Overnight news digest - No prison for thief who witnessed Tunisia shootings, schoolboy dies from suspected meningitis and Network Rail to lose control of tracks

Donna Louise Smith, 40, from Preston
Donna Louise Smith, 40, from Preston

Catch up with all the overnight news from Lancashire and across the nation with our morning roundup.

NO PRISON FOR £90K THIEF WHO WITNESSED TUNISIA BEACH SHOOTINGS

A COMPANY secretary who siphoned off £90,000 from her employer to pay crippling debts has been spared an immediate jail term.

Donna Louise Smith, 40, from Preston, who was said in court to be suffering from post traumatic stress disorder after witnessing the Tunisian beach shootings in 2015, was given a 16-month prison sentence suspended for two years.

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STUDENT ROBBED OF EQUIPMENT WORTH £2K

A university student was robbed in the street when she bent down to tie her shoelace. Police say a man snatched her holdall containing equipment ADVERTISEMENT worth more than £2,000.

Amongst the haul was an Apple Macbook which contained important work from her university studies. “This has caused her some considerable distress as she has a crucial deadline to meet,” said DC Lewis Haigh from Preston CID. The bag snatch happened as the 28-year-old victim took a short cut path from Williams Lane, just off Pitman Way in Fulwood at around 6pm on Friday November 25.

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SCHOOLBOY DIES FROM SUSPECTED MENINGITIS

A Fylde coast primary school pupil has died from suspected meningitis. The boy, believed to be a 10-years-old, was a pupil at Clifton Primary School in St Annes and died over the weekend. Headteacher Rachel Legge His schoolmates and parents were told about his death earlier on Monday.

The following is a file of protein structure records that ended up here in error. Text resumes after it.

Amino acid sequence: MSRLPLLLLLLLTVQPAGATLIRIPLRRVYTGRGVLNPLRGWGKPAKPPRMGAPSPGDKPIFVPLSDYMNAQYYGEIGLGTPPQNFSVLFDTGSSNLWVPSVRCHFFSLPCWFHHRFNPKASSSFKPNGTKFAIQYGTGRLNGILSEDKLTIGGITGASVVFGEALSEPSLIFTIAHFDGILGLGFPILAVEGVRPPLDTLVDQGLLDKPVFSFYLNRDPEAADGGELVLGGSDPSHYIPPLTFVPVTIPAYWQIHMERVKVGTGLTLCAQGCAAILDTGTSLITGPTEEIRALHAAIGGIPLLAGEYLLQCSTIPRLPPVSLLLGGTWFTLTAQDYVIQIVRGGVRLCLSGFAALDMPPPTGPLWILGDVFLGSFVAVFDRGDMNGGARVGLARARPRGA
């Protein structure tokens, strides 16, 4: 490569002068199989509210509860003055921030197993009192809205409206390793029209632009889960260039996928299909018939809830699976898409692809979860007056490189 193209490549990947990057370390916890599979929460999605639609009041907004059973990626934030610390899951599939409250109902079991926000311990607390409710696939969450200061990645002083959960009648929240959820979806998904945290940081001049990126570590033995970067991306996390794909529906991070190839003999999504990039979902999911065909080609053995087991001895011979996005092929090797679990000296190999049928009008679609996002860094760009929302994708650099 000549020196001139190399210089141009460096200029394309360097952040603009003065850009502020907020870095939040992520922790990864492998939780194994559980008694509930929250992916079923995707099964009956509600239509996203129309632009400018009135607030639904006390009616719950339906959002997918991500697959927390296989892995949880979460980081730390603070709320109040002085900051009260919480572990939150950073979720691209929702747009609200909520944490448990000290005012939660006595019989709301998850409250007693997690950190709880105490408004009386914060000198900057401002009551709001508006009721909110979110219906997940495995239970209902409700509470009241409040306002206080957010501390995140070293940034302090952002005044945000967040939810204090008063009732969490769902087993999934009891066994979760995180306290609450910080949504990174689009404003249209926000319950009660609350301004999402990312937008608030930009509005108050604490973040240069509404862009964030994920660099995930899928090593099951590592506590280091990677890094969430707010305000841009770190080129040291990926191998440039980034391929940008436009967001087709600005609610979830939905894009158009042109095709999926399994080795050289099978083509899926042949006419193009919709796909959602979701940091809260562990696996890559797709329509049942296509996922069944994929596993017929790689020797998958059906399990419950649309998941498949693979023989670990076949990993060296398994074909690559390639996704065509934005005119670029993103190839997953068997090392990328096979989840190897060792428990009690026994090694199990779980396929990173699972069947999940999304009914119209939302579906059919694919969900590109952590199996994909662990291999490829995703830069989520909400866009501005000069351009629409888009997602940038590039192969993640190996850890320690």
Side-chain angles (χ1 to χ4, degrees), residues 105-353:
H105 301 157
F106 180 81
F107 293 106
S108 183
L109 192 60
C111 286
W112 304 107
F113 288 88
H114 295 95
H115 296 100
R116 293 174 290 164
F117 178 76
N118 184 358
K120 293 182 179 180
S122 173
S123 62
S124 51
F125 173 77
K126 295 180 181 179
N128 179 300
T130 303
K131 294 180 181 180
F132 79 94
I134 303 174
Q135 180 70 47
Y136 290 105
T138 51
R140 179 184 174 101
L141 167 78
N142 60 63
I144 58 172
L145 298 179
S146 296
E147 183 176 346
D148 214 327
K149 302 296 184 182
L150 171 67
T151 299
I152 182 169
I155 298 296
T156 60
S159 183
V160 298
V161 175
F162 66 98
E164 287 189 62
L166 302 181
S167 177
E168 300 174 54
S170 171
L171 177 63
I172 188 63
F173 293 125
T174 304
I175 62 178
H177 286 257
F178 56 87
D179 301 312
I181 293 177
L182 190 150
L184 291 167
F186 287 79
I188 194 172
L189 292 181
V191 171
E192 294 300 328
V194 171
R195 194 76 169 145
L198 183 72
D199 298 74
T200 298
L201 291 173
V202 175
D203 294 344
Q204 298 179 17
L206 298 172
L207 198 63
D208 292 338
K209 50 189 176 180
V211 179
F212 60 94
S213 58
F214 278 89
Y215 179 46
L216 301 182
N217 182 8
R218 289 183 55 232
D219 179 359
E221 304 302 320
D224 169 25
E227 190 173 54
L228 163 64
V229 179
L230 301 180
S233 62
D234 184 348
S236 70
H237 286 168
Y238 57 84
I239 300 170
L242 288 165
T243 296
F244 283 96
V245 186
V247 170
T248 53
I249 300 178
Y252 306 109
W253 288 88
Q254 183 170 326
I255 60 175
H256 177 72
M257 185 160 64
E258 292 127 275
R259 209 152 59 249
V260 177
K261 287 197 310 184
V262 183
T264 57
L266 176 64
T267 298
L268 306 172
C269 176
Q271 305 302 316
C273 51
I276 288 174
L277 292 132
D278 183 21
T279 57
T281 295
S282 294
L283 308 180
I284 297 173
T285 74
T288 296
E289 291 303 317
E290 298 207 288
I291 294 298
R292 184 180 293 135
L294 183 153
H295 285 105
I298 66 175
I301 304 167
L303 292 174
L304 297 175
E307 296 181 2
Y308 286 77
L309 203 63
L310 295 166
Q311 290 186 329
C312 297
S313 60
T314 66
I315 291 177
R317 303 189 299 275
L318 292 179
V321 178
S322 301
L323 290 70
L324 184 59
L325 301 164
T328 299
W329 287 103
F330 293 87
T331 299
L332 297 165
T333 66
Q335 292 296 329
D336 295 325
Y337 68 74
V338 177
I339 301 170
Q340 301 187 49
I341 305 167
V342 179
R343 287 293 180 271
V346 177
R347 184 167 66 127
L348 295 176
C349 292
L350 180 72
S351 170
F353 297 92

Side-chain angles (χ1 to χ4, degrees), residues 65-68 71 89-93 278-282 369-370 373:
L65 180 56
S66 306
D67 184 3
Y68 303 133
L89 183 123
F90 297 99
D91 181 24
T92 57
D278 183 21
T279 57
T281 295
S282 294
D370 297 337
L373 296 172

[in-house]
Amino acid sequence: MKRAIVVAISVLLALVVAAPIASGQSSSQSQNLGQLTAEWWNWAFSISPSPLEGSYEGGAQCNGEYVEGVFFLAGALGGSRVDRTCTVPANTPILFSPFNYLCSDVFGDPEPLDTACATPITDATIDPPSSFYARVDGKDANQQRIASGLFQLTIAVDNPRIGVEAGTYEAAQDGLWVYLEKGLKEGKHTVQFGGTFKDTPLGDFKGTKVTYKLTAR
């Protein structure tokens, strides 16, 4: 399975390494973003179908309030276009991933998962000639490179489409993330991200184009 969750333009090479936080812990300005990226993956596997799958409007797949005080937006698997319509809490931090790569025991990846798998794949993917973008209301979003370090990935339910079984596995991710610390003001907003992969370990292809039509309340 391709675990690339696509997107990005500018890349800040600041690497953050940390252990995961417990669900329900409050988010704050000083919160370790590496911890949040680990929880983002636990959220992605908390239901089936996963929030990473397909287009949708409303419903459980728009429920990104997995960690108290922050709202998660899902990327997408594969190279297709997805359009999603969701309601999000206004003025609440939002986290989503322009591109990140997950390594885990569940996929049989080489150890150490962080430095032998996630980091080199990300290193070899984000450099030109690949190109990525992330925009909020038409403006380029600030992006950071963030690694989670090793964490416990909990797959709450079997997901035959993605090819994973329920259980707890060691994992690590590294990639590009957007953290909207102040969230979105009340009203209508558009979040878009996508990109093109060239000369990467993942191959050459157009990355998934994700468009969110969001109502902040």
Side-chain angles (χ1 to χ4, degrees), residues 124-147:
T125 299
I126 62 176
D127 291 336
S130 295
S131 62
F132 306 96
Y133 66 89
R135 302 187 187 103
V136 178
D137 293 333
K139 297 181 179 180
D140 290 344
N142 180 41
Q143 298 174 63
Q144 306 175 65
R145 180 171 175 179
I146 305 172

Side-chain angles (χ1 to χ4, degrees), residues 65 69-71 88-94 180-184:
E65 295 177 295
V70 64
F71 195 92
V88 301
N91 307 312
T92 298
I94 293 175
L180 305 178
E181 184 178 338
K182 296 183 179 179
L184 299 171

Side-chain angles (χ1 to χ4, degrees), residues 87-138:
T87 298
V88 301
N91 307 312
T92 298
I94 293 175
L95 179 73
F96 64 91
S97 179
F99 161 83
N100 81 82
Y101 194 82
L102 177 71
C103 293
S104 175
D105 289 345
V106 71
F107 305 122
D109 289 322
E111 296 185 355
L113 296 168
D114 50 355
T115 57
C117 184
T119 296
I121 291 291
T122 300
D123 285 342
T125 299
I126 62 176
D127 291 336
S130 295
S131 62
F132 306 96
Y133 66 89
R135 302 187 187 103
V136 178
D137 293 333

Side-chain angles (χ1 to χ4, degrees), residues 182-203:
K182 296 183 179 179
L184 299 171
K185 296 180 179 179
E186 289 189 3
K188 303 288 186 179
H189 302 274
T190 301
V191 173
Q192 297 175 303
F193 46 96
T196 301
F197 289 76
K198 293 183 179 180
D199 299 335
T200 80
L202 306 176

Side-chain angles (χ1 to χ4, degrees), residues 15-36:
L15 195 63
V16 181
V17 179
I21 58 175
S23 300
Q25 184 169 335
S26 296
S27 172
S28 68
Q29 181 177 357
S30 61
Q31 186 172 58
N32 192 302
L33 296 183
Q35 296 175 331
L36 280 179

Rachel Legge, headteacher, said: “We are incredibly saddened by the death of one our pupils. “Our thoughts are with the family and we have written to parents to let them know how we are supporting the children through this very difficult time.” Letters were sent to parents on Monday informing them of the boy’s death, with an accompanying notice of advice from Health England.

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COUNCILLOR CLEARED OF THIRD CODE BREACH

A Wigan councillor found guilty of two code of conduct breaches was cleared of a third not previously revealed by the town hall.

Coun Bob Brierley faced the council’s standards committee last month in a private hearing closed to public and the press. A local authority statement issued at the conclusion stated the Hindley Green independent was deemed guilty of breaches relating to his behaviour.

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NETWORK RAIL TO LOSE COMPLETE CONTROL OF TRACKS IN GOVERNMENT SHAKE-UP

Plans to strip Network Rail of its complete control of England's railway tracks are to be outlined by the Government.

Transport Secretary Chris Grayling wants the publicly owned Network Rail to share its responsibility for running the tracks with private train operating companies.

He believes this major policy change will lead to more reliable services and help "transform the passenger experience".

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ROYAL PREROGATIVE IS CRUCIAL IN ARTICLE 50 APPEAL, SUPREME COURT HEARS

The Government's use of the royal prerogative to trigger the process of taking Britain out of the European Union is not being done on a "whim" or "out of a clear blue sky", the UK's highest court has heard.